There are a number of different avenues voters can take in this category, which, like its actress counterpart, is crammed with contenders. Sebastian Stan was more convincing as the mad rock god Tommy Lee in “Pam & Tommy” than the show in its attempt to give Pamela Anderson an authentic voice. (We’ll have to wait for the Netflix documentary for that.) Jared Leto channeled WeWork founder Adam Neumann’s charismatic narcissism in “WeCrashed.” The always superb Ben Foster gave a powerful performance in The Survivor as an Auschwitz inmate who was forced to box fellow inmates to death. All are worthy; there just aren’t enough seats.
SUPPORTING ACTRESS, LIMITED SERIES / TV-FILM
Connie Britton, “The White Lotus”
Toni Collette, “The Stairs”
Jennifer Coolidge, “The White Lotus”
Kaitlyn Dever, “Intoxicated”
Andie MacDowell, “Maid”
Anika Noni Rose, “maid”
Possible surprise: Ellen Burstyn, “The First Lady”
Possible nudge: rose
I double down on both The White Lotus and Maid. The underrated Andie MacDowell is the most well-known choice for the latter show for her portrayal of the bipolar mother of single mother Alex (Margaret Qualley). (That she’s Qualley’s real mother is a beautiful story.) But Anika Noni Rose was just as good and pivotal in the series’ exploration of privilege and poverty. They could also make strong arguments that “Dopesick” deserves multiple nominations, as Rosario Dawson excelled as a hard-bitten DEA agent pursuing Purdue Pharma. Or voters could double down on Juno Temple, who is likely to be nominated again for “Ted Lasso” and was the best behind-the-scenes part of the “Godfather” saga “The Offer.”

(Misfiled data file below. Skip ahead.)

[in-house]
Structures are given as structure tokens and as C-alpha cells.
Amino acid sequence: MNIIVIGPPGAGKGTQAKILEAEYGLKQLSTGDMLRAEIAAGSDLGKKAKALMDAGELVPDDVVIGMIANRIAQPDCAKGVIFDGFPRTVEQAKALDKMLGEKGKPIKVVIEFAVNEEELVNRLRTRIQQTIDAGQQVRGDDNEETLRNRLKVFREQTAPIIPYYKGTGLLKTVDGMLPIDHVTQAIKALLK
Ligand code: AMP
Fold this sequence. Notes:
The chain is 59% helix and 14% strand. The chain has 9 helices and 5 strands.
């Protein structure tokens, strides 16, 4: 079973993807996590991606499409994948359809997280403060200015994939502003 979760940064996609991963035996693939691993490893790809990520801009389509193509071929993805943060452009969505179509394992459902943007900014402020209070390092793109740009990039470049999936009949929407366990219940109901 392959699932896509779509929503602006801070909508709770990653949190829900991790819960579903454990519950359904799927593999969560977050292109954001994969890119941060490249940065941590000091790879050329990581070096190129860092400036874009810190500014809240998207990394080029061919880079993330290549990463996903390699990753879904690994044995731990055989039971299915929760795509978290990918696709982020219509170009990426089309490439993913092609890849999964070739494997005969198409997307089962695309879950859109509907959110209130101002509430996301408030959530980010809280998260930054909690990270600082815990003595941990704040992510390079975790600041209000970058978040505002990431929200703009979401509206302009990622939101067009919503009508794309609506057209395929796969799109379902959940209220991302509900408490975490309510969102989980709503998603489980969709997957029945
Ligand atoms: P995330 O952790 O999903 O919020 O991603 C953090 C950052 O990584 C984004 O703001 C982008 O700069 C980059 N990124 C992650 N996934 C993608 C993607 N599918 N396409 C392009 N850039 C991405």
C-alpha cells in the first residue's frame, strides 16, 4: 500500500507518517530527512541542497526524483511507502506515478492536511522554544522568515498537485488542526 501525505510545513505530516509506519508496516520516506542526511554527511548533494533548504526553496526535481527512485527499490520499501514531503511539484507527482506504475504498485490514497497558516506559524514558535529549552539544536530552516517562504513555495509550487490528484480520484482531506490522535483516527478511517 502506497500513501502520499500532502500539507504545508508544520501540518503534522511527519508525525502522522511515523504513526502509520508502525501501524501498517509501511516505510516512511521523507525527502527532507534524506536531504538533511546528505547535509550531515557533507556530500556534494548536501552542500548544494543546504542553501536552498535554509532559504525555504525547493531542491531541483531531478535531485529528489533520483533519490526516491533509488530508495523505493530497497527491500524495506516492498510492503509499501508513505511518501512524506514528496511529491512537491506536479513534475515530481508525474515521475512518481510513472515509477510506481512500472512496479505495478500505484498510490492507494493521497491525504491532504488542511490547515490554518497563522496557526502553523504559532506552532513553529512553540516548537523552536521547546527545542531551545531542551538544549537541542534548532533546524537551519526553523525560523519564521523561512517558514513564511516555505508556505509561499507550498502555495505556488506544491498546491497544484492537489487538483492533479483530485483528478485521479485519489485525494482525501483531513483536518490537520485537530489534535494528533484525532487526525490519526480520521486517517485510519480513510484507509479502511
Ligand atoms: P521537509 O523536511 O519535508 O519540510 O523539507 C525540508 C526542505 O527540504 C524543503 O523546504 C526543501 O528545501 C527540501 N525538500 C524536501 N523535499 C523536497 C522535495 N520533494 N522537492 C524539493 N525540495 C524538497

SUPPORTING ACTOR, LIMITED SERIES / TV-FILM
Naveen Andrews, “The Dropout”
Murray Bartlett, “The White Lotus”
Matthew Goode, “The Proposal”
Nick Robinson, “Maid”
Peter Sarsgaard, “Intoxicated”
Michael Stuhlbarg, “The Stairs”
Possible surprise: Seth Rogen, “Pam & Tommy”
Possible nudge: Robinson
The White Lotus is likely to win Emmys for Jennifer Coolidge (of course) and for Murray Bartlett, who, as a picky, put-on resort manager, essentially starred in the series. Watching Bartlett over the course of the show’s six episodes has been one of the great joys of television’s year and brought back memories of John Cleese’s Basil Fawlty, our favorite hotelier so far.
https://www.latimes.com/entertainment-arts/awards/story/2022-06-15/emmys-2022-limited-series-movie-actor-actress-predictions Emmys 2022: Predictions in the limited series categories